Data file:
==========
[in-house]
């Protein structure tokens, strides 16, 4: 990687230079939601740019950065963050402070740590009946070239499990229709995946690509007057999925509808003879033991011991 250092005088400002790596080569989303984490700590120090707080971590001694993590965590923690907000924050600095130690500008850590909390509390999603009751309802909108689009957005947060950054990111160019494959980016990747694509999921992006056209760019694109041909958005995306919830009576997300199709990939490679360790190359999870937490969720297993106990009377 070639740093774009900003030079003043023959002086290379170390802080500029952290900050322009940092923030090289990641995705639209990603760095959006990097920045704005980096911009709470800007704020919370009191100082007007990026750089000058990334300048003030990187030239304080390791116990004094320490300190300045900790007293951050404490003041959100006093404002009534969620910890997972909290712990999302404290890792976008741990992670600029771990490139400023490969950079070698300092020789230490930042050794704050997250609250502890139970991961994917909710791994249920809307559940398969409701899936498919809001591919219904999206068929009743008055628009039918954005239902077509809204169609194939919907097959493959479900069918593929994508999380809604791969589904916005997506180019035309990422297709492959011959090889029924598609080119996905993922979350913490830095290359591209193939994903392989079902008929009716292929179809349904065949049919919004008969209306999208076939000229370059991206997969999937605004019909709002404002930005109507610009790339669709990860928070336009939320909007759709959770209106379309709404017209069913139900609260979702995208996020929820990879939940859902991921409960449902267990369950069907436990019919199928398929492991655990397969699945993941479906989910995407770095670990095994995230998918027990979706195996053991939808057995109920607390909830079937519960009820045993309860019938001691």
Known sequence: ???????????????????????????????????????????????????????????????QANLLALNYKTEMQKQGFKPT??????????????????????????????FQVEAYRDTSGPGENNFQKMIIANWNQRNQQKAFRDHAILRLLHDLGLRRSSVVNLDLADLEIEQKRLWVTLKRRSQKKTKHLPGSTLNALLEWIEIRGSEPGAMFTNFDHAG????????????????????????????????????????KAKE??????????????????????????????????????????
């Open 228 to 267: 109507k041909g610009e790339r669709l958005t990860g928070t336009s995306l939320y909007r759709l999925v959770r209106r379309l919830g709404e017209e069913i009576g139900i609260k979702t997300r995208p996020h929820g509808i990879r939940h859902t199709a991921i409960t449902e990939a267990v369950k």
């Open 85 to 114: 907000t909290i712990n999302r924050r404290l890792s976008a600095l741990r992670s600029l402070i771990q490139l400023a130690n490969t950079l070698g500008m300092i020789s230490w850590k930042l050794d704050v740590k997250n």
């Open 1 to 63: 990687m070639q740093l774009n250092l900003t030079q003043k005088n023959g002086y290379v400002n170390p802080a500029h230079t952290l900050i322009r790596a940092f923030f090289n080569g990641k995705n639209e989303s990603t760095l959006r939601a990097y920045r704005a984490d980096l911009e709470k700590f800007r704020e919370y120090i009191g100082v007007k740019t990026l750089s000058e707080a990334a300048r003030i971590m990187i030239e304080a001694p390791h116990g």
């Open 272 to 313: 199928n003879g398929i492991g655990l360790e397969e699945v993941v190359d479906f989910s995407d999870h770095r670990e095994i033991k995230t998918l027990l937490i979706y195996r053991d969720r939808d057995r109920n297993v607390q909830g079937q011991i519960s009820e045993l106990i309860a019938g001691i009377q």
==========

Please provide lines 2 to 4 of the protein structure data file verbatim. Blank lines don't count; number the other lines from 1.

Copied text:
């Protein structure tokens, strides 16, 4: 990687230079939601740019950065963050402070740590009946070239499990229709995946690509007057999925509808003879033991011991 250092005088400002790596080569989303984490700590120090707080971590001694993590965590923690907000924050600095130690500008850590909390509390999603009751309802909108689009957005947060950054990111160019494959980016990747694509999921992006056209760019694109041909958005995306919830009576997300199709990939490679360790190359999870937490969720297993106990009377 070639740093774009900003030079003043023959002086290379170390802080500029952290900050322009940092923030090289990641995705639209990603760095959006990097920045704005980096911009709470800007704020919370009191100082007007990026750089000058990334300048003030990187030239304080390791116990004094320490300190300045900790007293951050404490003041959100006093404002009534969620910890997972909290712990999302404290890792976008741990992670600029771990490139400023490969950079070698300092020789230490930042050794704050997250609250502890139970991961994917909710791994249920809307559940398969409701899936498919809001591919219904999206068929009743008055628009039918954005239902077509809204169609194939919907097959493959479900069918593929994508999380809604791969589904916005997506180019035309990422297709492959011959090889029924598609080119996905993922979350913490830095290359591209193939994903392989079902008929009716292929179809349904065949049919919004008969209306999208076939000229370059991206997969999937605004019909709002404002930005109507610009790339669709990860928070336009939320909007759709959770209106379309709404017209069913139900609260979702995208996020929820990879939940859902991921409960449902267990369950069907436990019919199928398929492991655990397969699945993941479906989910995407770095670990095994995230998918027990979706195996053991939808057995109920607390909830079937519960009820045993309860019938001691």
Known sequence: ???????????????????????????????????????????????????????????????QANLLALNYKTEMQKQGFKPT??????????????????????????????FQVEAYRDTSGPGENNFQKMIIANWNQRNQQKAFRDHAILRLLHDLGLRRSSVVNLDLADLEIEQKRLWVTLKRRSQKKTKHLPGSTLNALLEWIEIRGSEPGAMFTNFDHAG????????????????????????????????????????KAKE??????????????????????????????????????????
């Open 228 to 267: 109507k041909g610009e790339r669709l958005t990860g928070t336009s995306l939320y909007r759709l999925v959770r209106r379309l919830g709404e017209e069913i009576g139900i609260k979702t997300r995208p996020h929820g509808i990879r939940h859902t199709a991921i409960t449902e990939a267990v369950k």